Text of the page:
But until very recently, little was known about the shul’s original members. There were no surviving paper records, just plaques with the first members’ names etched into them. The West End, where many in the congregation lived, had been razed in the late 1950s and early 1960s in a vast urban renewal project.
Okonow, of Needham, and David Rosen, of Boston, another board member with an interest in genealogy, decided to see whether they could connect with descendants of the founding families. They began with the most unusual surnames and, using census records, newspaper clippings, and immigration records, started tracking about 30 families, and seeking out their descendants.
“It was a total labor of love,” Okonow said.
They located about 200 living descendants, about one-third of whom lived in the Boston area, Okonow said. She sent out 70 invitations to last Sunday’s event; the response was huge — 90 showed up. As she looked out at the rows of families — toddlers, teenagers, middle aged, and elderly — Okonow mentioned that Hanukkah, which began Wednesday evening, means “dedication.”
“In a sense, we are rededicating the Vilna Shul, with you being here today,” she said.
The descendants —seated in the deep pews from the old 12th Baptist Church, which the founders stripped of crucifixes and repurposed for their synagogue — regarded one another. They were strangers, but their forbears had been neighbors, friends, business associates.
They were butchers, grocers, bakers, tailors, cobblers, Okonow told them, and they had worked hard. Most had arrived by boat in New York or Boston with $5, $10, or $20; the largest sum any family had brought was $50. Maps showed that within just a few years, some had become landowners.
Okonow and other leaders have hopes for this modest building, the only Jewish historical site in downtown Boston. A project is in the works to restore murals buried under peeling beige paint. The shul’s board hopes to make the building more handicapped accessible, and to offer more programming. They invited the descendants to get involved, to join the shul’s board or one of its committees, to attend one of its many programs.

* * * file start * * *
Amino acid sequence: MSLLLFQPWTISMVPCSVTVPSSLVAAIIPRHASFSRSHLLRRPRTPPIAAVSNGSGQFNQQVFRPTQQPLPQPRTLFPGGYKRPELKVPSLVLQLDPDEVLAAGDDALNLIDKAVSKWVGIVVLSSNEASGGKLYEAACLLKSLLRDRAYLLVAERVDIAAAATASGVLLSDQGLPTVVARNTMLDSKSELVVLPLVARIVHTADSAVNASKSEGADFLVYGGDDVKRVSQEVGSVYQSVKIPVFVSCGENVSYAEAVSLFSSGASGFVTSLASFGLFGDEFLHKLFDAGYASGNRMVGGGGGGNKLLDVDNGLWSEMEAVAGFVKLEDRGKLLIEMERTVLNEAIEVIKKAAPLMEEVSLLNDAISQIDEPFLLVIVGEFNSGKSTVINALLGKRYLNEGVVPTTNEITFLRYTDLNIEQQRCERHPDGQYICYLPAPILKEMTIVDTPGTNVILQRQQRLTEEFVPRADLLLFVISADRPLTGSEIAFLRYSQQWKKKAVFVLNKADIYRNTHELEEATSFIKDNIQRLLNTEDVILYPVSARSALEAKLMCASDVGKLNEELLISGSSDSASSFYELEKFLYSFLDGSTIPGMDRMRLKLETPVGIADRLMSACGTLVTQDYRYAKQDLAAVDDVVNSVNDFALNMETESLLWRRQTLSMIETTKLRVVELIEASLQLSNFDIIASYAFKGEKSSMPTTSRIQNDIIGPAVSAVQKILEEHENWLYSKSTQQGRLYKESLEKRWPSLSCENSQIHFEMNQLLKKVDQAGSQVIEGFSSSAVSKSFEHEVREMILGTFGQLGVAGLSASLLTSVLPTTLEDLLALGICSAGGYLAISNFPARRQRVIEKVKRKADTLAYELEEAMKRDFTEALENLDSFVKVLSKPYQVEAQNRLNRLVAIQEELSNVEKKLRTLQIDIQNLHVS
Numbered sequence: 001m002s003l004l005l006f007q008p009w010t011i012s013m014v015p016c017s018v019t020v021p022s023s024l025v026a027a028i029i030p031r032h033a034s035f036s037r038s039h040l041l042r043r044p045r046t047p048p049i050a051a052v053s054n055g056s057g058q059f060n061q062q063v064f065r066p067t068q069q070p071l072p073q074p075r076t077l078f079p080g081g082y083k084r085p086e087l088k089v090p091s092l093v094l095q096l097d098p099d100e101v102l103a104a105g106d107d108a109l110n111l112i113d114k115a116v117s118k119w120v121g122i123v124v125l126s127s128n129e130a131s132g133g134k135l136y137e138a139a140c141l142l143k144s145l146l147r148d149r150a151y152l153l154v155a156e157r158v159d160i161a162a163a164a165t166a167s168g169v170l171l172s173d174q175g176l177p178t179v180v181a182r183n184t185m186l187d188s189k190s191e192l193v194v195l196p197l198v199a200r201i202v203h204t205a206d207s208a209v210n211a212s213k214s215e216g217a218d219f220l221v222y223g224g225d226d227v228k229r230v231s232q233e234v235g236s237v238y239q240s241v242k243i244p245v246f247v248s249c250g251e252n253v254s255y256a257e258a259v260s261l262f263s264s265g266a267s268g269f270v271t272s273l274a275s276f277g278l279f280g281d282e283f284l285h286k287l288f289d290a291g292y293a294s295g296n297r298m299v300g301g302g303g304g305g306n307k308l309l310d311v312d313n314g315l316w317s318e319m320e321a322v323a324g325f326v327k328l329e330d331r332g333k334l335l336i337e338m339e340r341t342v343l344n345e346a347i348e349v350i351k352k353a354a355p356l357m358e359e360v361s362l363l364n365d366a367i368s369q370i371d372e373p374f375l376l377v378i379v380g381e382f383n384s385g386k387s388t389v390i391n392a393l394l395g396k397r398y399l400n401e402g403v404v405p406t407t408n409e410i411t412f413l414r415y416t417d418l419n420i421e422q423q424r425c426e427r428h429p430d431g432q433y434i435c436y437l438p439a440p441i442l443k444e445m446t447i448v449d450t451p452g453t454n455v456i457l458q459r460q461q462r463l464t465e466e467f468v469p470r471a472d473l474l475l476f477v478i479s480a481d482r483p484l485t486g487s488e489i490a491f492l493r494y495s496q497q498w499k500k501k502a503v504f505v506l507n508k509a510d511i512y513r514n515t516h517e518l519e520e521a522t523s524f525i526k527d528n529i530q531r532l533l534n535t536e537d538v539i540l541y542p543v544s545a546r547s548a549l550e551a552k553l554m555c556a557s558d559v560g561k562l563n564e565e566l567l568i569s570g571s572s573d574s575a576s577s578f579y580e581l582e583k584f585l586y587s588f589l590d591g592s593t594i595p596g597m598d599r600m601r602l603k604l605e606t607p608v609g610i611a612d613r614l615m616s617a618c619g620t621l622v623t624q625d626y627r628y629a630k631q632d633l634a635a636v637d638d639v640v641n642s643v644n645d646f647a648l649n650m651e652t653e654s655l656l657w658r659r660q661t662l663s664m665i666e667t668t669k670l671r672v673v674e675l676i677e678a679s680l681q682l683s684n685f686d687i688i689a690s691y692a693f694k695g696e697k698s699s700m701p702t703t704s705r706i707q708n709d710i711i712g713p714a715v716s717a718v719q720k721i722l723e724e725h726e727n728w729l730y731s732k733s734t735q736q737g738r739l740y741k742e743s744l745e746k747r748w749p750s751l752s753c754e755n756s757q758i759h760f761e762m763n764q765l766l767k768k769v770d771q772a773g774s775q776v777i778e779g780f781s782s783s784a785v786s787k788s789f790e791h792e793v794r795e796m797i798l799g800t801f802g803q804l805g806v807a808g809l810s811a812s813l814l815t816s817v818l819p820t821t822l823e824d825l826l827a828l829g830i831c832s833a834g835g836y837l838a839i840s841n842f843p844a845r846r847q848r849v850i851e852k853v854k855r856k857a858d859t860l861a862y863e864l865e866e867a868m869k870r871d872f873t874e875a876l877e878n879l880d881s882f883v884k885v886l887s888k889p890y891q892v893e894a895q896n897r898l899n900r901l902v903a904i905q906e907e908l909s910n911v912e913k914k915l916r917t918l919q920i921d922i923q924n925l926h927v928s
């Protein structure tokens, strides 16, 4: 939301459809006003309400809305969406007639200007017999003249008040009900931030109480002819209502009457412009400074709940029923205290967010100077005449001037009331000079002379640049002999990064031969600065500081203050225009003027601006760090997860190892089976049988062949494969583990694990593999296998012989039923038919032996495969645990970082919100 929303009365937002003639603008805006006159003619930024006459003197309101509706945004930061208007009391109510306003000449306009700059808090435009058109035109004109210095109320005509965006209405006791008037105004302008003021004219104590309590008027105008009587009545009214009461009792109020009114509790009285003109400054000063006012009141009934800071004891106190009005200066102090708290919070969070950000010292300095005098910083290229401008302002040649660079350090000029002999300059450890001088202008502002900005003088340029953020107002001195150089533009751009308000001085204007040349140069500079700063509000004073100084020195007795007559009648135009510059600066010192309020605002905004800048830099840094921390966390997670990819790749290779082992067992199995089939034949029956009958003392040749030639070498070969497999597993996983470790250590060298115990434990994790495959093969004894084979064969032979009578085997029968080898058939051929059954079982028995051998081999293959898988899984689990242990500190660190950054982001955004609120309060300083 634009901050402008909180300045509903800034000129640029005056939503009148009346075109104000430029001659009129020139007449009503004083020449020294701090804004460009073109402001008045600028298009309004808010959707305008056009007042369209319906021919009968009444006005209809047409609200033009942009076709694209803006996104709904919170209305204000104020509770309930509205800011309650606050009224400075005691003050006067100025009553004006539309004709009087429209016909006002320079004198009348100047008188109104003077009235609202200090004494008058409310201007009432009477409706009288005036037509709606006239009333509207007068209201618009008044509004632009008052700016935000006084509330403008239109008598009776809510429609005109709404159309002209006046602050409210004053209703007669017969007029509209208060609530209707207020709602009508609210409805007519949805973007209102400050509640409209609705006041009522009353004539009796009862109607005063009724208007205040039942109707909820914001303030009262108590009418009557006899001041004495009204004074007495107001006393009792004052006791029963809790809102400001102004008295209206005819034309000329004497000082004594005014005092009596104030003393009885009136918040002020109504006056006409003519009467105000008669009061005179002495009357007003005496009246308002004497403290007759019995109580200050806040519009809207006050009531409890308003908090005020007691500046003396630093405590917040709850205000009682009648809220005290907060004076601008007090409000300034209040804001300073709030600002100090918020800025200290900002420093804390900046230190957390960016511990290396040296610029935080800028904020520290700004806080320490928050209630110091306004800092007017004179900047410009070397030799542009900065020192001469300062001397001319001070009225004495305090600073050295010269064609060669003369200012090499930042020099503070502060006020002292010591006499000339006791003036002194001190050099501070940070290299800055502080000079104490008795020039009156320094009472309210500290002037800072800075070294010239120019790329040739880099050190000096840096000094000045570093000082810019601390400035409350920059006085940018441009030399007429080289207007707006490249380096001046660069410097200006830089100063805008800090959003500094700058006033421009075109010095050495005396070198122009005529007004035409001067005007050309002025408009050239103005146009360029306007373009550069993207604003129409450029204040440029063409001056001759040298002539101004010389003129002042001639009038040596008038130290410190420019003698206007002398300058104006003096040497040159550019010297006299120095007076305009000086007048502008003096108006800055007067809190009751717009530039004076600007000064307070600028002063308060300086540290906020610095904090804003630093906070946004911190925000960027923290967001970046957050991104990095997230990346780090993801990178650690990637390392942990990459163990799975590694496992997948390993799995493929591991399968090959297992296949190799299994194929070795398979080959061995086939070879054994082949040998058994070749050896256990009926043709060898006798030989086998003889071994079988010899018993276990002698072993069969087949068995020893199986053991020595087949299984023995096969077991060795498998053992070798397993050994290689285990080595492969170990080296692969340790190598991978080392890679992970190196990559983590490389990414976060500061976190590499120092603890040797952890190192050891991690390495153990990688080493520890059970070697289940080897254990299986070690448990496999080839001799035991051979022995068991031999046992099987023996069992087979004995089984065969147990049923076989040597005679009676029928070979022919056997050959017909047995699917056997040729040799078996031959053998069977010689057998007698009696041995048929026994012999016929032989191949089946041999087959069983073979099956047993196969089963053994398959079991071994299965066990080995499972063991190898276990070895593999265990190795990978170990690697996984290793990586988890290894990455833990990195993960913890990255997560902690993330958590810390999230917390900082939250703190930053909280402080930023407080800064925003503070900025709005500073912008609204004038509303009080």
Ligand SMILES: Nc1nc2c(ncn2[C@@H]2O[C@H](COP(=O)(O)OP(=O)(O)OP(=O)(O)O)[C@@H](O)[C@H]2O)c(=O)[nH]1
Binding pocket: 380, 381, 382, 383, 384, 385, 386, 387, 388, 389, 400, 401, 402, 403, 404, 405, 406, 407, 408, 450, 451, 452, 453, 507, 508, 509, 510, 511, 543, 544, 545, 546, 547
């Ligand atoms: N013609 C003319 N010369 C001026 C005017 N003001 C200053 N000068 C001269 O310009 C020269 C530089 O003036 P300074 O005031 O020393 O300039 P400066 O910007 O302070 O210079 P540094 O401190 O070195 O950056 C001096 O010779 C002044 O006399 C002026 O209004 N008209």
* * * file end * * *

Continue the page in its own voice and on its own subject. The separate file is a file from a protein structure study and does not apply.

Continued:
Cynthia Winn Jartman, 79, of Peabody, had known and adored her paternal grandfather, Max Winisky, but he did not speak much English, and he died when she was in the eighth grade.
“I never knew that he was a cobbler,” she marveled. “It’s wonderful. The continuum of the family. I’m sorry I was never here as a child.”
Naomi Allen, of Brighton, had been to services at the shul twice before, but she had never known that her grandmother, Rose Galvin, had been a member.
“I thought it would be a bit interesting,” Allen’s brother, Stephen, said afterward. “I didn’t realize the feeling — you could just sense the history, and how much people really care about this place.”
Oshry, an educator who grew up in Dorchester and Mattapan, knew his father’s family had roots in the neighborhood; his father had owned a dry goods store nearby, and Oshry had even worked there as a youngster.
But he had never known the shul existed. And there was his grandfather’s name, in Hebrew, etched on a plaque high on the wall.
“I can’t tell you how many times we’ve walked up and down Beacon Hill, and we’ve never come by this synagogue,” he said.